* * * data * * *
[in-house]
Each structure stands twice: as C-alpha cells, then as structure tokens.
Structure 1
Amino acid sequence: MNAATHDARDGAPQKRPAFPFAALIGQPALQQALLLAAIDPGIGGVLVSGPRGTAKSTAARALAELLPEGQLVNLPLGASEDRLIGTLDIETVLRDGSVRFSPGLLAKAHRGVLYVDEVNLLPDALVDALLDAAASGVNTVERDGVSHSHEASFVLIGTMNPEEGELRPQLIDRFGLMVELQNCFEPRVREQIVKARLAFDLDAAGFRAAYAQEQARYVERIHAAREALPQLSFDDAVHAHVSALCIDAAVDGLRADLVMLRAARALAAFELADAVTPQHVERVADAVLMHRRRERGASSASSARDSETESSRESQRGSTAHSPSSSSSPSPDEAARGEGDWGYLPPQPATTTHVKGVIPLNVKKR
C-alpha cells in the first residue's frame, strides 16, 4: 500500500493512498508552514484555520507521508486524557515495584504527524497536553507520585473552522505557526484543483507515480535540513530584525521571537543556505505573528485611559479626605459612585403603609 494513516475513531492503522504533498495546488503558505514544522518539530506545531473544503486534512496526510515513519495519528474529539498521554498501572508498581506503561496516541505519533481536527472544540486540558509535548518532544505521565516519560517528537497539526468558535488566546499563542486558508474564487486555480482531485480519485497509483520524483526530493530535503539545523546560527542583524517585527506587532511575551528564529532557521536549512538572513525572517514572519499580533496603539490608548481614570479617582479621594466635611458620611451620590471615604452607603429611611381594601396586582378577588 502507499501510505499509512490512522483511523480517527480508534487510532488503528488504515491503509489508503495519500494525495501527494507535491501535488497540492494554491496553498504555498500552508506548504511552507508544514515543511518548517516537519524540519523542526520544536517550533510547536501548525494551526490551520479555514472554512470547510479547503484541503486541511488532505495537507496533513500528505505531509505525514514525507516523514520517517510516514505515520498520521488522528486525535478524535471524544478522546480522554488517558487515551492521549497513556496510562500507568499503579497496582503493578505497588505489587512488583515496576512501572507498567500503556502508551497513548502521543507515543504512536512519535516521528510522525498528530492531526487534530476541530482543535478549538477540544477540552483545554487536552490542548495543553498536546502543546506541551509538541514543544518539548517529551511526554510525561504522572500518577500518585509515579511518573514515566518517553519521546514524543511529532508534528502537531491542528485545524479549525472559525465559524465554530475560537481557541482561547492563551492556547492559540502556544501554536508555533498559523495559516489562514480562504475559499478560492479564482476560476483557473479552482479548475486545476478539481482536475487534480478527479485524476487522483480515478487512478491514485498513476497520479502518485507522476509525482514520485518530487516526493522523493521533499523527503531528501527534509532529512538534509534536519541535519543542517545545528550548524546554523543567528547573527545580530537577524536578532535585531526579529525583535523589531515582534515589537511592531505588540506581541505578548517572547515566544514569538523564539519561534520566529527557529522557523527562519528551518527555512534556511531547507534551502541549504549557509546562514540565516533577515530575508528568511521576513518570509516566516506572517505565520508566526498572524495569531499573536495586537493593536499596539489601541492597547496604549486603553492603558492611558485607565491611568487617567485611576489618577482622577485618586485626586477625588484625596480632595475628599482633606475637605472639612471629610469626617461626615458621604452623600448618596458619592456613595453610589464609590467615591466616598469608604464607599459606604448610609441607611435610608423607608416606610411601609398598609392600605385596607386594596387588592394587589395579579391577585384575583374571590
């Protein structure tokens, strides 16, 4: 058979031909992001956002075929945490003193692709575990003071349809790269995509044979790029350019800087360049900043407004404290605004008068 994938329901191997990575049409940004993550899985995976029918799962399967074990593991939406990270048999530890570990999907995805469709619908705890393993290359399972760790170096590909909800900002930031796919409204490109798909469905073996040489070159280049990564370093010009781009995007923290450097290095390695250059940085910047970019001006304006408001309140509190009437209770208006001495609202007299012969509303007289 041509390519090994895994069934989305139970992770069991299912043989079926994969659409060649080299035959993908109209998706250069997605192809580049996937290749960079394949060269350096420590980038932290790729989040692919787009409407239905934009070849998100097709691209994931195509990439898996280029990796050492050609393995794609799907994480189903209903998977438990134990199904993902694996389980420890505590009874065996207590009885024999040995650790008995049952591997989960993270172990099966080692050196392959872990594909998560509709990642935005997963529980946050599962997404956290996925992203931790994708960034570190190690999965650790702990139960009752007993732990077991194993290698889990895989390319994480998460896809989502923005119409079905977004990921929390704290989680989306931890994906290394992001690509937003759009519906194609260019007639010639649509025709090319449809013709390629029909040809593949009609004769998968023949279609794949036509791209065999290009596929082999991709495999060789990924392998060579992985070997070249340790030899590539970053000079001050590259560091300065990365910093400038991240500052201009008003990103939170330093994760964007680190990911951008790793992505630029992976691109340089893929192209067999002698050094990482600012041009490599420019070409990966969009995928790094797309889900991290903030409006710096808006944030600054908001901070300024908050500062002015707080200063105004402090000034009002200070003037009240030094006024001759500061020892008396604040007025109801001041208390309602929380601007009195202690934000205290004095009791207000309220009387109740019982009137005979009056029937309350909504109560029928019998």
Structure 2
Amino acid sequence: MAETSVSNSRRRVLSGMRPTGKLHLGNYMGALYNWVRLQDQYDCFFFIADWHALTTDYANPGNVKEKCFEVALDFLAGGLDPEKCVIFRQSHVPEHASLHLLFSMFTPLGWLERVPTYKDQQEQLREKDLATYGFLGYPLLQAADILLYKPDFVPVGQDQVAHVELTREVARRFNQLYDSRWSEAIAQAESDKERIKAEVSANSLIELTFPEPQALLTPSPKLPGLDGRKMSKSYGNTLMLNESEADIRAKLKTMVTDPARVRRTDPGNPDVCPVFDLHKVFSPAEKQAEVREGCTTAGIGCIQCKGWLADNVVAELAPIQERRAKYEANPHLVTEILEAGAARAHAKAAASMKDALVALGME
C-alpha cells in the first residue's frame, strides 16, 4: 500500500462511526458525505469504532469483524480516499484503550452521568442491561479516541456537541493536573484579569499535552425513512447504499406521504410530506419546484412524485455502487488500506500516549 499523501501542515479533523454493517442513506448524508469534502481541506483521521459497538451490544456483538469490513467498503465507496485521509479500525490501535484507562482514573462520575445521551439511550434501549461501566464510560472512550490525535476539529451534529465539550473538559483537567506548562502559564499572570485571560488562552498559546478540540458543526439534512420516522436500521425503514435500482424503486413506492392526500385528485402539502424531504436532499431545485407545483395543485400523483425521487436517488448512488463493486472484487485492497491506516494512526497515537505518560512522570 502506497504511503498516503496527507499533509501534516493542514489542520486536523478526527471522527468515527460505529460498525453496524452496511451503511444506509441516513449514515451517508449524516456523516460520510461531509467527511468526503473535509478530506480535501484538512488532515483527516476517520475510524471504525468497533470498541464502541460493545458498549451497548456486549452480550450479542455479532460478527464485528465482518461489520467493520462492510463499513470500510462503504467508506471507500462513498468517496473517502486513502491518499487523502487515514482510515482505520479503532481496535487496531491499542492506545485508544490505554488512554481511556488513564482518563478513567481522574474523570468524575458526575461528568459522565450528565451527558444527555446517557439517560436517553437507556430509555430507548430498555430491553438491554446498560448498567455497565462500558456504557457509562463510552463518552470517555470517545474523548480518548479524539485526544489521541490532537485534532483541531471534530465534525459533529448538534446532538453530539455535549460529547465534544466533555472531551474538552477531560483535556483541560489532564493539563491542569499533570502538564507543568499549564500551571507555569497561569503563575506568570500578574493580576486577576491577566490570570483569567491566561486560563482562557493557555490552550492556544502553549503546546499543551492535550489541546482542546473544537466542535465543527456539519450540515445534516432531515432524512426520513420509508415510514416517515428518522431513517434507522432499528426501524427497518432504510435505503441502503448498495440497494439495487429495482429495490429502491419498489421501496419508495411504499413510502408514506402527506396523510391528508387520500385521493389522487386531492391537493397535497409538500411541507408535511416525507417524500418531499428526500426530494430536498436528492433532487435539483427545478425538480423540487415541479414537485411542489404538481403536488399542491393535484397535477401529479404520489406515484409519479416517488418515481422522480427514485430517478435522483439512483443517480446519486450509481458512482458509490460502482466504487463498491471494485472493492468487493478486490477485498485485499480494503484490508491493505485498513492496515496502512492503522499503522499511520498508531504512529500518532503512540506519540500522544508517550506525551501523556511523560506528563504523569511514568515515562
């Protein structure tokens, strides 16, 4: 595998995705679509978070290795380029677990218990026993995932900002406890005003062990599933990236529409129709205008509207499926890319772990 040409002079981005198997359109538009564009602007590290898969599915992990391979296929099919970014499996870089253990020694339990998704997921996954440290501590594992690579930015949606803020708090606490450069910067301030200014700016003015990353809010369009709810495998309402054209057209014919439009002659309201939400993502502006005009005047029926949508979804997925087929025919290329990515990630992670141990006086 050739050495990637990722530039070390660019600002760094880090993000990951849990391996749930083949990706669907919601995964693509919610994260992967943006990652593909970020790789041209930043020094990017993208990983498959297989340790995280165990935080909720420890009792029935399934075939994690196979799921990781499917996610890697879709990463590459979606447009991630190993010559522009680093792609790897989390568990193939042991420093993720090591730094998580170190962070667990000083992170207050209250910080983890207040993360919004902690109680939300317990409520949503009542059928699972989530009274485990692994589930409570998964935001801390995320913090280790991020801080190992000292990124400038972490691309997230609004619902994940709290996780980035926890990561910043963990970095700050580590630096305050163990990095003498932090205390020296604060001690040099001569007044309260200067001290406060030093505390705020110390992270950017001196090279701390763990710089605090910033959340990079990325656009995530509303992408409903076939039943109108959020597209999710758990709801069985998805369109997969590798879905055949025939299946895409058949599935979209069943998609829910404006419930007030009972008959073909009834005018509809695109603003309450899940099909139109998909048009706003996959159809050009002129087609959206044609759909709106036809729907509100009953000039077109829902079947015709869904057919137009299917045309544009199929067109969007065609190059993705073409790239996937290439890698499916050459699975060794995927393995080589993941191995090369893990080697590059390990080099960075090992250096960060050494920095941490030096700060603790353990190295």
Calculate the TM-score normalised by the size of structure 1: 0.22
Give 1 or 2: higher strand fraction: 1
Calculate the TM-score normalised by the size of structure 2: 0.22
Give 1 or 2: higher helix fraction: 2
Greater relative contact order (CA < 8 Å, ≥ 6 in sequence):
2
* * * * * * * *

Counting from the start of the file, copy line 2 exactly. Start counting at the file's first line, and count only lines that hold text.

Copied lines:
Each structure stands twice: as C-alpha cells, then as structure tokens.